Bundesliga cleared to restart season on May 16 after government approval
UEFA president Aleksander Ceferin: "This is a huge and positive step to bringing optimism back to people's lives"; leaders Bayern Munich four points clear of Borussia Dortmund with nine matchweeks to go
Last Updated: 08/05/20 8:27am
The Bundesliga season will restart on May 16, the German football league has confirmed, after the government gave the green light on a return to action.
The government said the Bundesliga and second-tier 2. Bundesliga could restart in the second half of May without spectators, adding the German football league (DFL) would decide on the exact dates.
Bundesliga CEO Christian Seifert has said the top-tier season will finish on June 27, with the second division campaign concluding on June 28. Fans will not be allowed to gather outside stadiums, he added.
- 'Bundesliga restart will help Germany cope'
- Project Restart: A key week ahead
- Serie A players undergo first tests
There will be two weeks in which midweek games are played to allow Werder Bremen and Eintracht Frankfurt to fulfil their game in hand.
League organisers are currently considering allowing teams to use five substitutes during the remaining fixtures.
Football in Germany has been suspended since mid-March, with coronavirus having infected over 150,000 people in the country so far. Almost 6,300 people have died of the disease in Germany.
The league is the first of any of Europe's major leagues to be given clearance to resume playing, since the coronavirus pandemic took hold. Two of Germany's neighbours, the Netherlands and France, have ended their seasons.
Matches in Germany's top two divisions can take place later this month, without spectators.
Chancellor Angela Merkel says Bundesliga players and staff will not have to quarantine for 14 days because of the clubs' regular testing capacity.
"Testing is regular there, so the quarantine period is not set to 14 days," she said.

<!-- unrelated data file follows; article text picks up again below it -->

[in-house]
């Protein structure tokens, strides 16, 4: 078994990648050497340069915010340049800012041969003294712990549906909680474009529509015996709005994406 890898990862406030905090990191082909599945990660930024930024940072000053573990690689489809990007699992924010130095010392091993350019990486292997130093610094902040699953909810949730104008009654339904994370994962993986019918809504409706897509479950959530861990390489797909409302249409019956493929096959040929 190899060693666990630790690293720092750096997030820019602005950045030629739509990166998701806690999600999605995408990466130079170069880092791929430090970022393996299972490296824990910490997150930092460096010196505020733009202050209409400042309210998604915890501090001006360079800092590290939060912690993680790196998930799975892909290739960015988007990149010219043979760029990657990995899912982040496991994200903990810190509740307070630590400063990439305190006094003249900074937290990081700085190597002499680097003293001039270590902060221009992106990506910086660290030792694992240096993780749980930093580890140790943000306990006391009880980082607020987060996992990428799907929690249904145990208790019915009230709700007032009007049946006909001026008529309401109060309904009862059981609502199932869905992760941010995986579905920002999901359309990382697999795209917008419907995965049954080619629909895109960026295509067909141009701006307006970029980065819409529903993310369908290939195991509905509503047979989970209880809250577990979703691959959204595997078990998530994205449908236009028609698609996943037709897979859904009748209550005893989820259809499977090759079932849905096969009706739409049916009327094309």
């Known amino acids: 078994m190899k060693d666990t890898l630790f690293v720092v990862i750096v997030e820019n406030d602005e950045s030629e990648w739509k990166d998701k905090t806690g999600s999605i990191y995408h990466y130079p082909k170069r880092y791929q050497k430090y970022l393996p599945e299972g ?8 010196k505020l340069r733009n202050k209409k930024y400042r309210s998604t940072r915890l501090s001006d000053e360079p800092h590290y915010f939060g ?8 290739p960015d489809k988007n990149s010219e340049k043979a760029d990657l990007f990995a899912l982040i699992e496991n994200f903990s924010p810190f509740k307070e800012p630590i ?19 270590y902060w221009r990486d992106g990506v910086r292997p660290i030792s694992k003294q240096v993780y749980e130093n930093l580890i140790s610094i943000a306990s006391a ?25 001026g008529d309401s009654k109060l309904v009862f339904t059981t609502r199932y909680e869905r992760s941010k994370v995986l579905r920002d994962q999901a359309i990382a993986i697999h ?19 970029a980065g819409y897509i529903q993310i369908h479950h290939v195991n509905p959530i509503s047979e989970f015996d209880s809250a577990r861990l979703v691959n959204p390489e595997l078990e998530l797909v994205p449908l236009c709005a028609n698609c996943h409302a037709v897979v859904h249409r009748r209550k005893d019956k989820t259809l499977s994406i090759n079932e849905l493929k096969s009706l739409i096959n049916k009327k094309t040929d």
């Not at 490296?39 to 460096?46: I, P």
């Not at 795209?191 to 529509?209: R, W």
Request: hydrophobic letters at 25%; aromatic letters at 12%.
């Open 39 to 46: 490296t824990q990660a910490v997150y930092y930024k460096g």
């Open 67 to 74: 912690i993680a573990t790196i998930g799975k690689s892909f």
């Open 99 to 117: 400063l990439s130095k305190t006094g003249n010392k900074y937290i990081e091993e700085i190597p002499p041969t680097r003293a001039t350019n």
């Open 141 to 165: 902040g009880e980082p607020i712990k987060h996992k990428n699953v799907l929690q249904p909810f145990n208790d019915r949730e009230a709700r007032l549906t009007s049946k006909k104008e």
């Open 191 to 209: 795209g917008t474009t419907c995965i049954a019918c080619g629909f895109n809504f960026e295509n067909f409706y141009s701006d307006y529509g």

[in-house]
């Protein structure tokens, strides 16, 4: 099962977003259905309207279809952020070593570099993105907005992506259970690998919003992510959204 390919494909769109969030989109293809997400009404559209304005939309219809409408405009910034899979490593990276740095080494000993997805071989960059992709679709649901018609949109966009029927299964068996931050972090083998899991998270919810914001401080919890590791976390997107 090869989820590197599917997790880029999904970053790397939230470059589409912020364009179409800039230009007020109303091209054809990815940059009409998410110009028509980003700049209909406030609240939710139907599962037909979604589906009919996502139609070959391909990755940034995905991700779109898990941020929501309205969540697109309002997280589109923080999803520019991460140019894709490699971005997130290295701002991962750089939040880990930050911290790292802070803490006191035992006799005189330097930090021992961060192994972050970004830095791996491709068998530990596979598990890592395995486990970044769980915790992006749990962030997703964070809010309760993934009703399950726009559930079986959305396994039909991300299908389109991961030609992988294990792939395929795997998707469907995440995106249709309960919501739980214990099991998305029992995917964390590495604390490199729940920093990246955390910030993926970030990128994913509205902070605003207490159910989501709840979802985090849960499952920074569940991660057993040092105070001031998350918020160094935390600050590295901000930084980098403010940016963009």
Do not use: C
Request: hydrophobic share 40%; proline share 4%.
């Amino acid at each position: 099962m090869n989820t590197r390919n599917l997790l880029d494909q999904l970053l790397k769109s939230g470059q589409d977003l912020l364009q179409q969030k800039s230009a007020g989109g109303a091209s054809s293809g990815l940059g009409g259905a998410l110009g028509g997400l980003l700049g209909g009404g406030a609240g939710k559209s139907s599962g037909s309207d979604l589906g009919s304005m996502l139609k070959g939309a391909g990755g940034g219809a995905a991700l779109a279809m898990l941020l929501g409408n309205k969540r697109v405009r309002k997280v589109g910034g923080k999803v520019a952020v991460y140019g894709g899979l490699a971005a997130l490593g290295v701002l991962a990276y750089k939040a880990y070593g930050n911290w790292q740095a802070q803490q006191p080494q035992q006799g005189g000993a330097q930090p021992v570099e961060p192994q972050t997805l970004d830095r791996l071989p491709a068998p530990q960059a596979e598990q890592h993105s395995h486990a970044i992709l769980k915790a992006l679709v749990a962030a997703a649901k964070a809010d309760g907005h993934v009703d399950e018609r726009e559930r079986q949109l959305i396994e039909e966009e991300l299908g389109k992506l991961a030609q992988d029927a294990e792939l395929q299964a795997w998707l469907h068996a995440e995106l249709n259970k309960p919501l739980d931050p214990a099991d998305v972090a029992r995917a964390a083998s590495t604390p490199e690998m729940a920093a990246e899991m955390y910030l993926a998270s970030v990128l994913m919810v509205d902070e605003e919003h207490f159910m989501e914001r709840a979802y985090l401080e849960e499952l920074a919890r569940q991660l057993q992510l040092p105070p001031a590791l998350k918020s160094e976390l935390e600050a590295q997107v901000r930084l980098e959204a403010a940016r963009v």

Minister President of Bavaria, Markus Soder, accepts the decision to resume will be seen as controversial.
"We have agreed sensibly. We know that it is very controversial," he added.
"I know that those responsible in the clubs will do everything possible to comply with the regulations. But the players must also adhere to it."
The Bundesliga's General Assembly will be held in Frankfurt on Thursday to discuss the health and safety protocol to ensure the league's safe return. They are expected to decide on the start date and match calendar in that meeting.
The majority of Bundesliga clubs have nine matches left to play in this campaign - Eintracht Frankfurt and Werder Bremen have 10 - with leaders Bayern Munich four points ahead of Borussia Dortmund in second.
The league's potential return had been under scrutiny after Cologne reported three people at the club had tested positive for coronavirus last week and Hertha Berlin forward Salomon Kalou was suspended after ignoring social distancing measures at the club's training ground.
Former Chelsea player Kalou, 34, was seen shaking hands with his Hertha team-mates and interrupting a medical check-up of another.
Soder described the incident as an "own goal", saying: "The video by the Hertha BSC player there was already an own goal. The players have to stick to the requirements just like other citizens!"
On Monday, the German Football League (DFL) announced a total of 1,724 tests have been conducted on players and staff at the 36 first and second-tier sides in Germany since last Thursday, with 10 individuals returning positive coronavirus tests.
Following another round of testing, second division side Erzgebirge Aue has put its entire squad in self isolation after a member of staff tested positive for coronavirus.
Aue have not named the staff member involved but all players, coaches and backroom staff will stay at home ahead of more coronavirus testing on Thursday.